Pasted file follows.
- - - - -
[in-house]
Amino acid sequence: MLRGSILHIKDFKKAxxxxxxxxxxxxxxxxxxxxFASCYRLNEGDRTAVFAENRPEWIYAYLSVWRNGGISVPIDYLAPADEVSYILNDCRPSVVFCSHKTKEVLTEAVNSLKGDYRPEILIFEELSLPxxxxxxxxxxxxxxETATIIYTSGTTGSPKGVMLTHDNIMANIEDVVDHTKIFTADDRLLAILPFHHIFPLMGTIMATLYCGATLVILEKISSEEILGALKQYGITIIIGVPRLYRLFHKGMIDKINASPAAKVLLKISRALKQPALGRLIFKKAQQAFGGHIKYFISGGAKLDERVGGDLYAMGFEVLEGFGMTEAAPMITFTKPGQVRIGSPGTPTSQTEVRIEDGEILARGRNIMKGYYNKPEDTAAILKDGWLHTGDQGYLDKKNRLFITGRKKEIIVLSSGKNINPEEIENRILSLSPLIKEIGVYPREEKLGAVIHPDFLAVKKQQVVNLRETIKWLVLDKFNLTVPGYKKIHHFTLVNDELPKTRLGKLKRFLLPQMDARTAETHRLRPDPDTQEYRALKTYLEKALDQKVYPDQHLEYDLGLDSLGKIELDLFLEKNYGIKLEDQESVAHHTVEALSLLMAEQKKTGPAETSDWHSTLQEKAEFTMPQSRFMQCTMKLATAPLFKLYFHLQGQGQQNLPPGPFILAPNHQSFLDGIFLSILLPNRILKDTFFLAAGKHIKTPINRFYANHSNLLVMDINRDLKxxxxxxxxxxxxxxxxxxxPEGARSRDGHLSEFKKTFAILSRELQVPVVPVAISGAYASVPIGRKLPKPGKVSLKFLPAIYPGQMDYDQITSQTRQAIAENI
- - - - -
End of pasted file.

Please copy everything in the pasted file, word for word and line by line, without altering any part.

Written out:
[in-house]
Amino acid sequence: MLRGSILHIKDFKKAxxxxxxxxxxxxxxxxxxxxFASCYRLNEGDRTAVFAENRPEWIYAYLSVWRNGGISVPIDYLAPADEVSYILNDCRPSVVFCSHKTKEVLTEAVNSLKGDYRPEILIFEELSLPxxxxxxxxxxxxxxETATIIYTSGTTGSPKGVMLTHDNIMANIEDVVDHTKIFTADDRLLAILPFHHIFPLMGTIMATLYCGATLVILEKISSEEILGALKQYGITIIIGVPRLYRLFHKGMIDKINASPAAKVLLKISRALKQPALGRLIFKKAQQAFGGHIKYFISGGAKLDERVGGDLYAMGFEVLEGFGMTEAAPMITFTKPGQVRIGSPGTPTSQTEVRIEDGEILARGRNIMKGYYNKPEDTAAILKDGWLHTGDQGYLDKKNRLFITGRKKEIIVLSSGKNINPEEIENRILSLSPLIKEIGVYPREEKLGAVIHPDFLAVKKQQVVNLRETIKWLVLDKFNLTVPGYKKIHHFTLVNDELPKTRLGKLKRFLLPQMDARTAETHRLRPDPDTQEYRALKTYLEKALDQKVYPDQHLEYDLGLDSLGKIELDLFLEKNYGIKLEDQESVAHHTVEALSLLMAEQKKTGPAETSDWHSTLQEKAEFTMPQSRFMQCTMKLATAPLFKLYFHLQGQGQQNLPPGPFILAPNHQSFLDGIFLSILLPNRILKDTFFLAAGKHIKTPINRFYANHSNLLVMDINRDLKxxxxxxxxxxxxxxxxxxxPEGARSRDGHLSEFKKTFAILSRELQVPVVPVAISGAYASVPIGRKLPKPGKVSLKFLPAIYPGQMDYDQITSQTRQAIAENI